400 B.C. – Ancient Greeks curled their hair with bronze rods.
300 B.C. - In Rome, hair styling became popular and hair color determined the class you were. Upper-class women tinted their hair red, middle-class women colored their hair blonde and poor women colored it black.
1092 A.D. - Hair care service grew in demand after a papal decree demanded that all Roman Catholic clergymen removed facial hair.
1400′s - Upper-class women of the Renaissance plucked the entire front of their hairline, to give themselves a higher forehead.
1450 - Prior to 1450, barbers also performed surgery. This was due to the law passed by Pope Alexander III that forbade clergymen of shedding blood. Barbers regularly performed bloodletting and minor surgery, administered herbs, and later pulled teeth. In 1450, a law was passed that separated barbering and surgery. After this, only surgeons could perform surgery and barbers could cut hair.
1500′s - A doctor claimed you could restore hair by applying a random concoction made of boiled slugs, olive oil, honey, saffron, soap and cumin on the scalp.
1600′s - The first appearance of the word “hairdresser” in Europe, and hairdressing is considered a profession.
1600′s - One of the world’s most famous hairstylists, Champagne, moved to Paris, opened his hair salon and dressed the hair of wealthy Parisian women until his death in 1658. Being a true artiste, Champagne was known to walk out mid-styling or insult blue bloods to their faces.
1602- Queen Elizabeth I orders “six heads of heare, twelve yards of heare curle, and one hundred devises made of heare.” These are all wigs that follow her natural red hair color, which prompted a red dye fad throughout England. Bleaching hair blonde also became popular during this era.
1660- Charles II of England introduced male wigs to cover his own thinning hair. This becomes a very popular style that lasts over 100 years.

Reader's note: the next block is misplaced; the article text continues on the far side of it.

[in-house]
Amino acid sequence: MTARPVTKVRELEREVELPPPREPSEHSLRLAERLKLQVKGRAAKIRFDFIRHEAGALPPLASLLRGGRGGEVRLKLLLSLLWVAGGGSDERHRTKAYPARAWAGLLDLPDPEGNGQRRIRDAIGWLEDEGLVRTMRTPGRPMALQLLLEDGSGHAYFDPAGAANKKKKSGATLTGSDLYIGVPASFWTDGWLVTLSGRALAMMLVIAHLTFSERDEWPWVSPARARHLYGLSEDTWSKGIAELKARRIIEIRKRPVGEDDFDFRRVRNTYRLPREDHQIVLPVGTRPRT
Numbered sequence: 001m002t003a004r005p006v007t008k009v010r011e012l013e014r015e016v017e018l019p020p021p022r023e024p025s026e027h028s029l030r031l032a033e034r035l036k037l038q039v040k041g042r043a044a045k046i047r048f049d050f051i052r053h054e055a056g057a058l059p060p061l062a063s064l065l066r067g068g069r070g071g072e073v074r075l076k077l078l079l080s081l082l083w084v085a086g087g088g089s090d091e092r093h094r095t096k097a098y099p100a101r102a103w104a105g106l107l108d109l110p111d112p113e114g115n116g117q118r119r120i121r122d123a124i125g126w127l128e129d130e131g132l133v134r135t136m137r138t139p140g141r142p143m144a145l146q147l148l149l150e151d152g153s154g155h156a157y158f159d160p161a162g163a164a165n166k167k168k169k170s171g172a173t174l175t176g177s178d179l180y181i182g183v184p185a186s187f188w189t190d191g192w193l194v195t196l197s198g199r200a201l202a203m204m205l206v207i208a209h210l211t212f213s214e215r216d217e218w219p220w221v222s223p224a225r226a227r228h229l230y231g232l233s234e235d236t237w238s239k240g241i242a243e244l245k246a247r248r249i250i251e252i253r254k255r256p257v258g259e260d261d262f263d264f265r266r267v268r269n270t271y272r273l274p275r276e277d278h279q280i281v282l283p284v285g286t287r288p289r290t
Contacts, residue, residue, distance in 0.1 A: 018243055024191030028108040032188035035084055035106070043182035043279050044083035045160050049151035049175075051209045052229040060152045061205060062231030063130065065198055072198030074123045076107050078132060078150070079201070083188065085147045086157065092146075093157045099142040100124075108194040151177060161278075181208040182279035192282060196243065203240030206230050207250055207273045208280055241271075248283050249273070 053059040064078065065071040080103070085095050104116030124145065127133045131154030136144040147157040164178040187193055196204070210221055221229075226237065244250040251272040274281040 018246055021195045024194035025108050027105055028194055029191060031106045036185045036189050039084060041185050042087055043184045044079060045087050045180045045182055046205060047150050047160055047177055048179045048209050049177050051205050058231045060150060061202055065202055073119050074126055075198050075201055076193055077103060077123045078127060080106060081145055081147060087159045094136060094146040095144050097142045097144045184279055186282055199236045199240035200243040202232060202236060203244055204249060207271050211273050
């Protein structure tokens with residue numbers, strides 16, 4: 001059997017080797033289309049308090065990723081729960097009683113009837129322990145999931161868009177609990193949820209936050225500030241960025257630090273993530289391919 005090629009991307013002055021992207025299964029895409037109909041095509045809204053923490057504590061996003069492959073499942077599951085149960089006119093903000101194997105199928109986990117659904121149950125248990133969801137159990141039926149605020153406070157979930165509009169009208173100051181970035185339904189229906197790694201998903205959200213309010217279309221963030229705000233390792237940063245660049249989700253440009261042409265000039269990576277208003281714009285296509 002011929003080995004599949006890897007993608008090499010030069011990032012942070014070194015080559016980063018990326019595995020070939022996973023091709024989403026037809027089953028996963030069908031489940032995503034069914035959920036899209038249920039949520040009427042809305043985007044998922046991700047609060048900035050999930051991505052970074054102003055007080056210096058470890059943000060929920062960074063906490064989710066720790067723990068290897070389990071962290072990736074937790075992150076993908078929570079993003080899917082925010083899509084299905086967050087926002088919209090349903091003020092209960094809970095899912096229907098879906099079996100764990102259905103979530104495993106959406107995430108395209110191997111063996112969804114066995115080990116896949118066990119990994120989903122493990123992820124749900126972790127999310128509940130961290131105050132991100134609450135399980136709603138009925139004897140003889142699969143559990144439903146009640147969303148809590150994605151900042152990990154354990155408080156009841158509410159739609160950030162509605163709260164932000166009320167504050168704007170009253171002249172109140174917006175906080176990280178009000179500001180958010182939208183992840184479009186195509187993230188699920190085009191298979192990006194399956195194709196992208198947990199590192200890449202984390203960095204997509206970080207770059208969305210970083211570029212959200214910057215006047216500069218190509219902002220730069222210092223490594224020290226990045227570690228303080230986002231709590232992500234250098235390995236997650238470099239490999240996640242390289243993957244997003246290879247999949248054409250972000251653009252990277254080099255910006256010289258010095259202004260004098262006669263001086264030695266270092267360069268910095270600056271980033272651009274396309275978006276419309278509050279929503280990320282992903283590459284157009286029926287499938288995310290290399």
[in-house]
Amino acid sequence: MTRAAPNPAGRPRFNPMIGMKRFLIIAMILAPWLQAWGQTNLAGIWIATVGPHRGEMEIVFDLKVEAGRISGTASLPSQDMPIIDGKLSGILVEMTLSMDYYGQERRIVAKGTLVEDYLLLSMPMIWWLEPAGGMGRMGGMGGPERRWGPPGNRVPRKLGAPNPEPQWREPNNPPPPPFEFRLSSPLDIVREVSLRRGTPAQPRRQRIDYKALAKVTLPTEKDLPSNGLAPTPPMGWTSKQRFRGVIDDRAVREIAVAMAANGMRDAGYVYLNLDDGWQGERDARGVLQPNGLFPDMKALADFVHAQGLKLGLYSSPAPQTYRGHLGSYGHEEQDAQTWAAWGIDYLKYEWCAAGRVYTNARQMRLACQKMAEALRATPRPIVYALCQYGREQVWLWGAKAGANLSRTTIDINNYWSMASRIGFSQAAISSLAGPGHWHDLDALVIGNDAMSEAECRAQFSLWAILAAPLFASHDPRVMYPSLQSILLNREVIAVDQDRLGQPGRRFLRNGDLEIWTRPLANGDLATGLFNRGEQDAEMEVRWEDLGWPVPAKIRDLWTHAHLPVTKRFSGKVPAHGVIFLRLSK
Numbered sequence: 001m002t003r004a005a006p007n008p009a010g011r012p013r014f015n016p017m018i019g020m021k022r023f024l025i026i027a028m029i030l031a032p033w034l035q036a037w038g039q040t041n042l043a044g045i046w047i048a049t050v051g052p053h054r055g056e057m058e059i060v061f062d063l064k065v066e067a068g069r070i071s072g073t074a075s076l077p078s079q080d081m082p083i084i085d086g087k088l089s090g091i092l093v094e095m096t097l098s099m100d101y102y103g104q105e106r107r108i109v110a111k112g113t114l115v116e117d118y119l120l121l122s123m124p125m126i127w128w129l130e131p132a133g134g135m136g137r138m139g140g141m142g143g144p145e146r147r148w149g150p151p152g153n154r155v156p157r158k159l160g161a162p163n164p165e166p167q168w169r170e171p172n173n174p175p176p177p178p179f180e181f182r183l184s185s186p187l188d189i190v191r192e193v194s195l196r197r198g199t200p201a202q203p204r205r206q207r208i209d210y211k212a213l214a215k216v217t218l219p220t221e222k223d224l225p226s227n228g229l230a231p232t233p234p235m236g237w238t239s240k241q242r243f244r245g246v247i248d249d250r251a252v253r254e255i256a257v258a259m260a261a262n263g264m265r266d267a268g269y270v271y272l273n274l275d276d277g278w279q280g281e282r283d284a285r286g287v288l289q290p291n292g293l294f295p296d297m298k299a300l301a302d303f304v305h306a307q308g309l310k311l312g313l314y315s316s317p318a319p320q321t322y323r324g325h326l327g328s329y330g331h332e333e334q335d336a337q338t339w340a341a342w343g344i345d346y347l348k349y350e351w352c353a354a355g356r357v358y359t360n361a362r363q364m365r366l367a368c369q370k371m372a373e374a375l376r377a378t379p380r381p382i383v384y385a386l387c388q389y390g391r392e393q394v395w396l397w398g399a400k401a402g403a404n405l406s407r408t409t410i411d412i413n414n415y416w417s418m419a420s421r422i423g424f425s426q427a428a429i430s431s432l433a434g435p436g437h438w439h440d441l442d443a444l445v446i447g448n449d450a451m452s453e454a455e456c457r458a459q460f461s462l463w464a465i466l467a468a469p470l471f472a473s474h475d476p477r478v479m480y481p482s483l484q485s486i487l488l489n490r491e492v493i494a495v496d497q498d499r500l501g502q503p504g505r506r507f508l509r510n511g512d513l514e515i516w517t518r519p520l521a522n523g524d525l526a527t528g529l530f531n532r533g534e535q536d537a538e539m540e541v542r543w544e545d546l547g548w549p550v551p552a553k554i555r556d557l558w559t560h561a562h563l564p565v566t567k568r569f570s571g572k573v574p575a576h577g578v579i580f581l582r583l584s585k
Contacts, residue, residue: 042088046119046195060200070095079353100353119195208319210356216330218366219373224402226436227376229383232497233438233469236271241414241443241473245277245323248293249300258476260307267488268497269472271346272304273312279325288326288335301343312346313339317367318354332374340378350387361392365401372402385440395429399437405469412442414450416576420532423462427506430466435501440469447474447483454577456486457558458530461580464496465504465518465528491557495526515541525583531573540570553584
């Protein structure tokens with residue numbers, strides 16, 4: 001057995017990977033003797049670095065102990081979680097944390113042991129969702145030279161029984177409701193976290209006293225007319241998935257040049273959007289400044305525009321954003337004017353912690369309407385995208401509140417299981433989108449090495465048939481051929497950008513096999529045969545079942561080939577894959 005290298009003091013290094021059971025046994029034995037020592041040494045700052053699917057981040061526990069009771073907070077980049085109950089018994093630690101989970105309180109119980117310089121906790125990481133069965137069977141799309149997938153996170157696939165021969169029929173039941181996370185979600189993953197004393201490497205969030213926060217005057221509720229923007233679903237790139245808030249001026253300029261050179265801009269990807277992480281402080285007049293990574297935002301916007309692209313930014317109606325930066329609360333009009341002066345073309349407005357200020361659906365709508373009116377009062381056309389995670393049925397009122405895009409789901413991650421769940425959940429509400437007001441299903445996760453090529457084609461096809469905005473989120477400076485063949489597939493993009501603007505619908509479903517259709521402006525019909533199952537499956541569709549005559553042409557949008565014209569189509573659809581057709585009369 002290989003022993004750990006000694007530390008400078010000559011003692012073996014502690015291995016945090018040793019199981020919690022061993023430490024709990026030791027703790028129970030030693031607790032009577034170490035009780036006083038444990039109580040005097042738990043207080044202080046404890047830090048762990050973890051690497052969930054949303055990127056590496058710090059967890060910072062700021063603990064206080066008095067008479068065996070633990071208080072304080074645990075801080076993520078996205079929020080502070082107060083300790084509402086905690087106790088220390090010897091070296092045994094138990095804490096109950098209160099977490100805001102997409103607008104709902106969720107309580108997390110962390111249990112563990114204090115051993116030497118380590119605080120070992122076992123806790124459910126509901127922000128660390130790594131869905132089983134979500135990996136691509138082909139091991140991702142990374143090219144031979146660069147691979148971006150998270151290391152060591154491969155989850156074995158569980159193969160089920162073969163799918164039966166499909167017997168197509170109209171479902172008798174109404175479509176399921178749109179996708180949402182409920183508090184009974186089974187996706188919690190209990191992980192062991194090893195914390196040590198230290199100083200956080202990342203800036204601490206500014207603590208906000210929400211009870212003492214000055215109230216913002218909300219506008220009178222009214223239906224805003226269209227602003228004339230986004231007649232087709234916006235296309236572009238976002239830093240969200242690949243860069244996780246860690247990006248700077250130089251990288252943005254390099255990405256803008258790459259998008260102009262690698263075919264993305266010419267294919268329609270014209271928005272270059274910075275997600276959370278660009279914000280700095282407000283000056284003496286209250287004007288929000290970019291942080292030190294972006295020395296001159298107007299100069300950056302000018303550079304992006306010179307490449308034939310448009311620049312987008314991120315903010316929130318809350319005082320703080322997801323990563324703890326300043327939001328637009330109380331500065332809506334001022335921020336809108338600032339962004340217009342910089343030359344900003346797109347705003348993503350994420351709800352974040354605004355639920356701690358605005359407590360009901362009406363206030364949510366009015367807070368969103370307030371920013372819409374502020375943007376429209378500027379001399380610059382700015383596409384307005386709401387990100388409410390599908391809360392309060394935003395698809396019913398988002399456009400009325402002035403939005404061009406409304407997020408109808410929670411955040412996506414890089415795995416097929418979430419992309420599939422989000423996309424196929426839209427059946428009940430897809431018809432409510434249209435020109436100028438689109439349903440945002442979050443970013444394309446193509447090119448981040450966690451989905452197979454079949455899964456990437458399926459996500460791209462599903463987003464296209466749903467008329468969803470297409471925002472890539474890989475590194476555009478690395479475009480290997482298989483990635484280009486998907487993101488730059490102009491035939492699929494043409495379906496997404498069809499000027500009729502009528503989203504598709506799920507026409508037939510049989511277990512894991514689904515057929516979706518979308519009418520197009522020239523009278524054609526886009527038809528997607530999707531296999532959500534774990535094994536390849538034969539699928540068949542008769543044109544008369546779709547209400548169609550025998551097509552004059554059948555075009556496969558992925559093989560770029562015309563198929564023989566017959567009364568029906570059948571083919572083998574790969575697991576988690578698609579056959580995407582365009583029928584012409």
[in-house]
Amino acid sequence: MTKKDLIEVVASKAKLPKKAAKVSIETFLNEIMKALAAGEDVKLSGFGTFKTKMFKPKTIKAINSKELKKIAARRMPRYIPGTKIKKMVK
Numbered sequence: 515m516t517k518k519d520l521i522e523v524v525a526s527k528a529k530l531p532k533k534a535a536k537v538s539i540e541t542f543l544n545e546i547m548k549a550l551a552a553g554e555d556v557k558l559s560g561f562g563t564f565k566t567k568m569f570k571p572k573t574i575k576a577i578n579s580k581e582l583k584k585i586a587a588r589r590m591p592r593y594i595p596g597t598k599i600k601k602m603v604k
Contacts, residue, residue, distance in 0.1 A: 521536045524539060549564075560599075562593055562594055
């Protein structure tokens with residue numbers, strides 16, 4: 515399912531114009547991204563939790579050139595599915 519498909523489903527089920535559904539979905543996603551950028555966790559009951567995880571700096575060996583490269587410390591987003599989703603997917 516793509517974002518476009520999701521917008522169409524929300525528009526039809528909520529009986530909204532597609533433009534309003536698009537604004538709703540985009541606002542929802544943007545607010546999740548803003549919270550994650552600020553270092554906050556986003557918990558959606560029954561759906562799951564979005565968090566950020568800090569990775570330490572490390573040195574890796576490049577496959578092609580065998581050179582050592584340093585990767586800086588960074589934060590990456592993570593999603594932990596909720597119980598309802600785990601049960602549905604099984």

1700′s - The “Tower” hairstyle was popular among wealthy English and American women, made popular by Marie Antoinette.
1750- A hefty tax for wig powder surfaces, ending the fad of male wigs.
1762 - The word shampoo, coming from the word Hindi word “champna” started being used. English hairstylists made shampoo from boiling soap in water with added fragrances and herbs.
1765 - Legros de Rumigny was declared the first official hairdresser of the French court. He published his best-selling book Art de la Coiffure des Dames, which discussed hairdressing and included pictures of styles designed by him.
1769 - Legros de Rumigny opened “Academie de Coiffure,” a school where he taught men and women to cut hair and create his famous hairstyles.
1777 - About 1200 hairdressers were working in Paris. Barbers formed unions and demanded hairdressers do the same.
1789- During the French revolution, short hair becomes extremely popular for both men and women.
1790- The concept for aerosol hairspray was introduced in France, around the same time self pressurized carbonated beverages were introduced.
1845 - Metal hot combs were invented in France to temporarily straighten kinky hair.
1875 - The curling iron was invented in France, by Marcel Grateau.
1890 - The first hairdressing academy was opened in Chicago by Brisbois and Federmeyer.
1890 - Alexandre Godefoy invented the first electric hair dryer.
1900′s - Hairstyling became readily available to all social classes.
1905 - German hairdresser Charles Nessler invents the permanent wave, using borax paste and electrically heated curlers. The first perms took 12 hours and cost hundreds of dollars.
1907 - The first synthetic hair dye was invented by French chemist Eugene Schueller (founder of L’Oreal) and it was called “Aureole.”
1910 - Madame C.J. Walker started producing the first African-American hair products.
1915- The first women’s razor was introduced.
1916 - Bobby pins were introduced to America.
1920 - The short bob is the most popular haircut.
1928 - The first men’s hair product called “Brylcreem”, made of mineral oil, beeswax and water, was produced.
1930 - The “cold wave” perm was invented. It only required two hours and a modest fee, which made it very popular.
1943 - The aerosol hairspray can was invented, during WWII.
1950 - Platinum blonde hair became very stylish.
1950′s - Sewn-in hair weaves became popular.
1952 - The first liquid shampoo called “Dop” hit shelves.
1960 - The “Afro” is born.
1977 - The “Jheri Curl” explodes on the black hair scene.
1980 - The first modern-day curling iron (pressing iron) was invented by Theora Stephens.